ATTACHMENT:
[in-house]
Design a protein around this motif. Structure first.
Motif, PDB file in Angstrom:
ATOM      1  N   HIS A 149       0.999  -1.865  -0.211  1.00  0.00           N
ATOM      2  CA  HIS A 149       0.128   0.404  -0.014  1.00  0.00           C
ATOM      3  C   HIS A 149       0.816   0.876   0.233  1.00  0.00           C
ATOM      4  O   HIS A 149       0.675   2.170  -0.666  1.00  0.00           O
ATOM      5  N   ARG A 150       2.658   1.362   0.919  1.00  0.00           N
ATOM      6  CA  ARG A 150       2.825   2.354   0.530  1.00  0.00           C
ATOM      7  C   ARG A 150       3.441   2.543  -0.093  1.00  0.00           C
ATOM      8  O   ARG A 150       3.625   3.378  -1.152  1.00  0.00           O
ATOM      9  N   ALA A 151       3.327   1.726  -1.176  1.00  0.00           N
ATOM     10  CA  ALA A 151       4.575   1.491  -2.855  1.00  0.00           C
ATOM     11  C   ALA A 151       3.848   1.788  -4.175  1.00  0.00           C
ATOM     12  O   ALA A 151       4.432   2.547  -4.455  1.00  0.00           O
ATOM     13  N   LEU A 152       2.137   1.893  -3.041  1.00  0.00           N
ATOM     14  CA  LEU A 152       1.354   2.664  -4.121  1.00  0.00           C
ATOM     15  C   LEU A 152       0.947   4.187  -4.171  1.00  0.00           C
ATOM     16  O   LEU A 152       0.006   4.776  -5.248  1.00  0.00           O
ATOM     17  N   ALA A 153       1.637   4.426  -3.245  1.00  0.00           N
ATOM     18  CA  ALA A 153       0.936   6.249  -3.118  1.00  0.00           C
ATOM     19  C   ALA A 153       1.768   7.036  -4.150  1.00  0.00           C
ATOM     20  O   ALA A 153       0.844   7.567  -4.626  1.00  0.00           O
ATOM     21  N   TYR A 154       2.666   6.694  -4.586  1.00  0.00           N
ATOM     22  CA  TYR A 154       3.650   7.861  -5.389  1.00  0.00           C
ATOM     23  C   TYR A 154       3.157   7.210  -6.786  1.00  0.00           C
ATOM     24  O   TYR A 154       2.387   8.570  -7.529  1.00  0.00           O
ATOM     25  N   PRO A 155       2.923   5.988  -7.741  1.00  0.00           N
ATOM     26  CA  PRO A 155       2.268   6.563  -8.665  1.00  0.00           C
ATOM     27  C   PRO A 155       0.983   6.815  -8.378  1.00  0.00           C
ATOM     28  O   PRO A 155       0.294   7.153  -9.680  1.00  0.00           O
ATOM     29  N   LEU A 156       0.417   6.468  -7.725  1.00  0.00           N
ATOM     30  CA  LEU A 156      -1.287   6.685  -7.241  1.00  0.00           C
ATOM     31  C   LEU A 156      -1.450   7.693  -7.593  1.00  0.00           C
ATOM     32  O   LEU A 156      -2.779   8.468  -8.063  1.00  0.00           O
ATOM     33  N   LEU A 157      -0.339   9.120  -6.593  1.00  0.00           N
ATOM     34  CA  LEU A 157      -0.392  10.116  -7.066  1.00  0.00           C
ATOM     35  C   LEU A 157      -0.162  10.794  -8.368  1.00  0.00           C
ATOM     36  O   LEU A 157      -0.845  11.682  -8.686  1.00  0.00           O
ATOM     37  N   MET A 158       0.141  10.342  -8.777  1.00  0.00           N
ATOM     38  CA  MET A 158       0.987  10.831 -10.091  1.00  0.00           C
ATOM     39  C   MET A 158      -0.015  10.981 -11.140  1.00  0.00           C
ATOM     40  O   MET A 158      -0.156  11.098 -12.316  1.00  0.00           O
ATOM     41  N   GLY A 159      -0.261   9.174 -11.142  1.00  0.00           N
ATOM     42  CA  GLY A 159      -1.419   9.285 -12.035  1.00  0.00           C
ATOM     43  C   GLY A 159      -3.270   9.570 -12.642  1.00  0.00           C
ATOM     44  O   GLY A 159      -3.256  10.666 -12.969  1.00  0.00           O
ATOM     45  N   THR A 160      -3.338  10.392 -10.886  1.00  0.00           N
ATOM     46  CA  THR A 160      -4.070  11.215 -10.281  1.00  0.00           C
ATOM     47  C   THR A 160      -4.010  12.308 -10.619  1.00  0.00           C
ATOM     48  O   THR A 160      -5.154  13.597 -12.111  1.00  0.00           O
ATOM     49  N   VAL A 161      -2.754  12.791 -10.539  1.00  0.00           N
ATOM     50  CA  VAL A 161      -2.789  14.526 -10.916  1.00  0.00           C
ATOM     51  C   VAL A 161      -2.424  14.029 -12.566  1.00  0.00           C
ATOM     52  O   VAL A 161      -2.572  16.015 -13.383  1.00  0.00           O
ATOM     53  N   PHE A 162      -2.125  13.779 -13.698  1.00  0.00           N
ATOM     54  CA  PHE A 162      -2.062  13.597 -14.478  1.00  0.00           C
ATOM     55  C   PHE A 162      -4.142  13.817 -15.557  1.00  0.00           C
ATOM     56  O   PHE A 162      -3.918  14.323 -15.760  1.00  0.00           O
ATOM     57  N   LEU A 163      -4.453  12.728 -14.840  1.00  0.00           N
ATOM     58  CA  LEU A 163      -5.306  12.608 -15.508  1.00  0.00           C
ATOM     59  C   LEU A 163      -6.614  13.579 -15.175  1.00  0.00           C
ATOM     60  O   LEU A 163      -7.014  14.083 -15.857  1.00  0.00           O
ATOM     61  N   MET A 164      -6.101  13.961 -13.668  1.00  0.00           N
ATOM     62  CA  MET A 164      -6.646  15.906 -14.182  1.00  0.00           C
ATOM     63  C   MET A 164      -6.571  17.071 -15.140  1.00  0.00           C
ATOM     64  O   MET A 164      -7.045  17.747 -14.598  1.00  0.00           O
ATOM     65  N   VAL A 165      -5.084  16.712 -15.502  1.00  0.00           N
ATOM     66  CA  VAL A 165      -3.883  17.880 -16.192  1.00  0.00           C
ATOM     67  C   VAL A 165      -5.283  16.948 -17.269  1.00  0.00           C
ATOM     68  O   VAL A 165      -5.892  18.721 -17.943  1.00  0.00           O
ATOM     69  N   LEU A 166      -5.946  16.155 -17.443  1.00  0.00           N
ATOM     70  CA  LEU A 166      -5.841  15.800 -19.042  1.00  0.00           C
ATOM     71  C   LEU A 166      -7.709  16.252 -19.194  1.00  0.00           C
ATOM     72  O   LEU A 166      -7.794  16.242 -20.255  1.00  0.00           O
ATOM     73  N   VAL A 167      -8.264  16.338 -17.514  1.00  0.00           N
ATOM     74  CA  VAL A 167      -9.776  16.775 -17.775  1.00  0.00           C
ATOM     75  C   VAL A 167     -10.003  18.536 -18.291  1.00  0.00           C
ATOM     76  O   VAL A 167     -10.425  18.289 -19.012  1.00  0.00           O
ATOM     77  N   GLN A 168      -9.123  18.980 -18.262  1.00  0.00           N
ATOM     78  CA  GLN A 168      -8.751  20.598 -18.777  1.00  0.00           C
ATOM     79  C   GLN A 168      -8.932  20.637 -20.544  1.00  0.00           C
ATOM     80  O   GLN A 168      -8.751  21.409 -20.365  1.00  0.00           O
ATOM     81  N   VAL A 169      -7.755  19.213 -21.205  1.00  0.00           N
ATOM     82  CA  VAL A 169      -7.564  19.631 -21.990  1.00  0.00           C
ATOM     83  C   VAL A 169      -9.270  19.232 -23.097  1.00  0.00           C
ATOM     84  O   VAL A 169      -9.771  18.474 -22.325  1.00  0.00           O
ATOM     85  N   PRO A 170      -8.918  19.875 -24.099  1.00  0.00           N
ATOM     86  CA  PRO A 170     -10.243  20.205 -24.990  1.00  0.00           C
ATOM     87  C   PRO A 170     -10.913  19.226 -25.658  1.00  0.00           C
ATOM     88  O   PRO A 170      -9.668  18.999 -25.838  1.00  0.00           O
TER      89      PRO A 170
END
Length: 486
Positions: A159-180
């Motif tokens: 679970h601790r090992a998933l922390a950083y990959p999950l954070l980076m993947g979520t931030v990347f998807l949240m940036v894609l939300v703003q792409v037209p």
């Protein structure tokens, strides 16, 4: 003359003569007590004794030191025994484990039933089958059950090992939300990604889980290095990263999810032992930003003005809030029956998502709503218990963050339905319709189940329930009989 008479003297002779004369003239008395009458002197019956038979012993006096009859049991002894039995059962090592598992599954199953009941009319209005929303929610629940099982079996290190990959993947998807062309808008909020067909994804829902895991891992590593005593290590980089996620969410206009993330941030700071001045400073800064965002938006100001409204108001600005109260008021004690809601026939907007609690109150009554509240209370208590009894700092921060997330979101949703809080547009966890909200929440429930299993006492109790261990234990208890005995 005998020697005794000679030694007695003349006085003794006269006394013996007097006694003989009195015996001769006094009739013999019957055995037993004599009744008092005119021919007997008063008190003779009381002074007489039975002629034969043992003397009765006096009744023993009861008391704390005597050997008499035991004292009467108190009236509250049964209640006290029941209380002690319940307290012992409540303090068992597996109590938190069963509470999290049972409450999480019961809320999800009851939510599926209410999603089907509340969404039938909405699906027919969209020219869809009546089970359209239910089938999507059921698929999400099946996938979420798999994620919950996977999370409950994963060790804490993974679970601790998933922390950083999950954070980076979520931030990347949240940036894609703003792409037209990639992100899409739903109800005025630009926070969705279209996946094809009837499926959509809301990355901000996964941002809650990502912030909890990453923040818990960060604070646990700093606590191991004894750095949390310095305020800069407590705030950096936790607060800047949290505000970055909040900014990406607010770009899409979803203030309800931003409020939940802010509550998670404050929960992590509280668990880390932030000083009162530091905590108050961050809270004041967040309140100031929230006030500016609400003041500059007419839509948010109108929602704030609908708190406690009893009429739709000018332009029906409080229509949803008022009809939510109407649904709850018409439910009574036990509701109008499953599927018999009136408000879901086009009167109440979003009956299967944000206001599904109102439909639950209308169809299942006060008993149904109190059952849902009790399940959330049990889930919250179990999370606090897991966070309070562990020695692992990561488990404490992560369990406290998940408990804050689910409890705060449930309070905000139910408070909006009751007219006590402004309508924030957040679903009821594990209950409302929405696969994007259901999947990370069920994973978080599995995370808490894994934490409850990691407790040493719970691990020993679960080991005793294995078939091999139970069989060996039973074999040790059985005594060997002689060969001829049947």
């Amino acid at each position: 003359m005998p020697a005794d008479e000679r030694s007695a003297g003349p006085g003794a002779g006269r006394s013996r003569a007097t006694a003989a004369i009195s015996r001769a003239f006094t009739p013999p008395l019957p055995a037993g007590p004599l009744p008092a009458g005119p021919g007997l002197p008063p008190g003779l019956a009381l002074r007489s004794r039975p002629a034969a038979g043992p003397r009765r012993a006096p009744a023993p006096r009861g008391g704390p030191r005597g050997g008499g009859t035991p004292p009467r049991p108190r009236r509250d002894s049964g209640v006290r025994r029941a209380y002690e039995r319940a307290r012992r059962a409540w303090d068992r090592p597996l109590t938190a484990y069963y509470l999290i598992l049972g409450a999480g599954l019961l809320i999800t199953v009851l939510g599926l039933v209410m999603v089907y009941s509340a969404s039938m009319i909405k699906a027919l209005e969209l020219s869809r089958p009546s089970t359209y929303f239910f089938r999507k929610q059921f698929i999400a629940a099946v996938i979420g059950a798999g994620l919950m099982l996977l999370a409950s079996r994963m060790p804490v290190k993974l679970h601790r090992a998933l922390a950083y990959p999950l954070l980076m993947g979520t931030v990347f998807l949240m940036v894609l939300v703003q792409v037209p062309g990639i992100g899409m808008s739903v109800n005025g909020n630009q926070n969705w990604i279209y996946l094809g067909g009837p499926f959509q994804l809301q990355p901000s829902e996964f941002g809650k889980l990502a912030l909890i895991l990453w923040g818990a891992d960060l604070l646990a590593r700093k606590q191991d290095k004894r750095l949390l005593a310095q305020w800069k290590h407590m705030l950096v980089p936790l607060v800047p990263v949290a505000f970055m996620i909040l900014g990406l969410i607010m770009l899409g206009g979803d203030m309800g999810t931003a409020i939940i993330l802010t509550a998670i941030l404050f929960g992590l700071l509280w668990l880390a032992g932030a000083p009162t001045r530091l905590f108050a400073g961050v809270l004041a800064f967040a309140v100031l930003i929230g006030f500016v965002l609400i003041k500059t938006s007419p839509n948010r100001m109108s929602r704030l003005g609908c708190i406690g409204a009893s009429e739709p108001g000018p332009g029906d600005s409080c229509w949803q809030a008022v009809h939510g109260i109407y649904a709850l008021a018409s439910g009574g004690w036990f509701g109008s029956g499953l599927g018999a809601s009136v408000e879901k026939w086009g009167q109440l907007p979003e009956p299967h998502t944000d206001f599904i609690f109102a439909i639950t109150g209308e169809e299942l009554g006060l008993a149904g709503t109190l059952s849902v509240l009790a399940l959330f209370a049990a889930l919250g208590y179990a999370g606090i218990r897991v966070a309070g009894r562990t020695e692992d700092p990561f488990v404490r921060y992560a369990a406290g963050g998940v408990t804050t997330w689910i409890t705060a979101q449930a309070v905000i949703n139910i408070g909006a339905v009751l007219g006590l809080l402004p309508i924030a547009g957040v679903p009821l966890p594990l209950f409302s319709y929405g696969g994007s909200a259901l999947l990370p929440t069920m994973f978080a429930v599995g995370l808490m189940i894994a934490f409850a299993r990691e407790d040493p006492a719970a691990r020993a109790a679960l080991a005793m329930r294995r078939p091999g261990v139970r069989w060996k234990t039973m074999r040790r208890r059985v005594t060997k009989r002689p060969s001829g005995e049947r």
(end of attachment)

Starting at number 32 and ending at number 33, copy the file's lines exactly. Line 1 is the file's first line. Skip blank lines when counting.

ATOM     29  N   LEU A 156       0.417   6.468  -7.725  1.00  0.00           N
ATOM     30  CA  LEU A 156      -1.287   6.685  -7.241  1.00  0.00           C